Member Since: July 15, 2006 Posts: 173 Comments: 54315
597. HadesGodWyvern (Mod)
Japan Meteorological Agency
Tropical Disturbance Summary
TROPICAL DEPRESSION XX
9:00 AM JST June 21 2011
==================================

At 0:00 AM UTC, Tropical Depression (1002 hPa) located at 11.0N 133.0E has 10 minute sustained winds of 25 knots with gusts of 45 knots. The depression is reported as moving west northwest at 10 knots
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02E has already made landfall or will do so very soon
Member Since: July 15, 2006 Posts: 173 Comments: 54315
Quoting sunlinepr:


The storm has gone Rasta. (580) And Beatriz is in the psychedelic phase. (585)
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Whats the chances of Beatriz or her remnants making it to the BOC? Could the moisture from Beatriz give Tx a good soaking?
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Second volcanic ash cloud forces Qantas, Jetstar, Virgin and Tiger flight cancellations in Sydney, Melbourne and across Australia


A VOLCANIC ash cloud from Chile is causing even more disruption on its second lap of the world with Australian airlines cancelling hundreds of flights in and out of Sydney, Canberra, Adelaide and Melbourne.

Denser and larger, the cloud has wrapped around a low pressure system moving across the country’s south-east posing a real safety risk for airline operation.

Jetstar and Virgin Australia have extended flight cancellations after morning risk assessment meetings and advice from the Bureau of Meteorology.

Jetstar will not fly in or out of Sydney and Newcastle from 3pm today and Virgin Australia has cancelled all Sydney and Melbourne services from 4pm.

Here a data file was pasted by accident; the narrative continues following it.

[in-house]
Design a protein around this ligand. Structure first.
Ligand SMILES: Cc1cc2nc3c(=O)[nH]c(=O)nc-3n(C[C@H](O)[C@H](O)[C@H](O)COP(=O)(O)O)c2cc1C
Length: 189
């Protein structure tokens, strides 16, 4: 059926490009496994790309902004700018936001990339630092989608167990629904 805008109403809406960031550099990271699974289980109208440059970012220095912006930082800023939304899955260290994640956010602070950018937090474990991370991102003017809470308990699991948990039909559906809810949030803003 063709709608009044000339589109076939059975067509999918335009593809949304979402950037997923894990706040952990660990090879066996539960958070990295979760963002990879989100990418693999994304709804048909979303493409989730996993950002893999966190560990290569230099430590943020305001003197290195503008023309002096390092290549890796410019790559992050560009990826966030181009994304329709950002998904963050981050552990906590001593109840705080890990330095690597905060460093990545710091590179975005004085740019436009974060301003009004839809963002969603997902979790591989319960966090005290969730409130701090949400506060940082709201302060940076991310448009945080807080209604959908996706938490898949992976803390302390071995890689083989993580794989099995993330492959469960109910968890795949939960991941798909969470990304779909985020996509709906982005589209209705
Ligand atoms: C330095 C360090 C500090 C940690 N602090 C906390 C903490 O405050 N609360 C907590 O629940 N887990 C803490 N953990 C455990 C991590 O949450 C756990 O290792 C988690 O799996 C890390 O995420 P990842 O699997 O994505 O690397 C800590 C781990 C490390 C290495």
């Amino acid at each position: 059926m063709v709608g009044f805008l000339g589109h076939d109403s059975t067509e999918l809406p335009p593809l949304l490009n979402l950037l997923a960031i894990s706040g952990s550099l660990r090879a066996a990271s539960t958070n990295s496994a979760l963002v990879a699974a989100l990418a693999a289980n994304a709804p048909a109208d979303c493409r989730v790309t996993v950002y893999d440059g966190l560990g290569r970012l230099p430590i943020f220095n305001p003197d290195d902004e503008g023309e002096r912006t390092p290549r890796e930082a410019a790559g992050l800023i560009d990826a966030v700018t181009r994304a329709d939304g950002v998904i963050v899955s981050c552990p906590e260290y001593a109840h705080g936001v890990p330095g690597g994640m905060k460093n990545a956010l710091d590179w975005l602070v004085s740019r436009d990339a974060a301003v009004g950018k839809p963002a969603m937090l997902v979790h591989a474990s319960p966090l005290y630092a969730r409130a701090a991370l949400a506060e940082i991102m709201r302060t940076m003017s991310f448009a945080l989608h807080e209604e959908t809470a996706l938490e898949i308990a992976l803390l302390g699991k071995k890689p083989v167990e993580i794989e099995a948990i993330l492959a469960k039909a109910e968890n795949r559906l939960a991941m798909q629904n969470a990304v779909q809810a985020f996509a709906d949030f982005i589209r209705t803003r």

Qantas has also suspended all of its Canberra flights from midday and Sydney from 3pm, in addition to all Adelaide services.

Travellers through Brisbane are urged to stay in touch with their airlines, with anticipated cancellations this afternoon.

International services to and from Sydney are currently under review.

QF1 from Sydney to Bangkok and London, QF5 from Sydney to Singapore and Frankfurt and QF31 from Sydney to Singapore and London will all depart from Sydney at 2.15pm today as planned.

Johannesburg destined services will operate with a refuelling stop in Perth and Buenos Aires services destined for Sydney may be subject to a refuelling stop in Papeete.

Tiger Airways, whose aircraft are currently hangared in Melbourne and Adelaide, is not flying at all today and will make a decision about tomorrow’s services later this afternoon.

Spokeswoman Vanessa Regan said they had taken the difficult decision not to fly any services in Australia today because of the ash cloud.

“Our risk assessment team has just finished its morning meeting and we’ve decided to cancel all services today. We sincerely regret any inconvenience to passengers but safety must come first,” said Ms Regan.

The impact of the ash cloud is expected to be even greater than last week, when flights to and from Melbourne and Hobart were disrupted and to a lesser extent those to Adelaide and Perth.
Bus company Greyhound Australia is cashing in on the aviation chaos, tripling the number of services running out of Brisbane, Sydney, Melbourne, Adelaide and Canberra.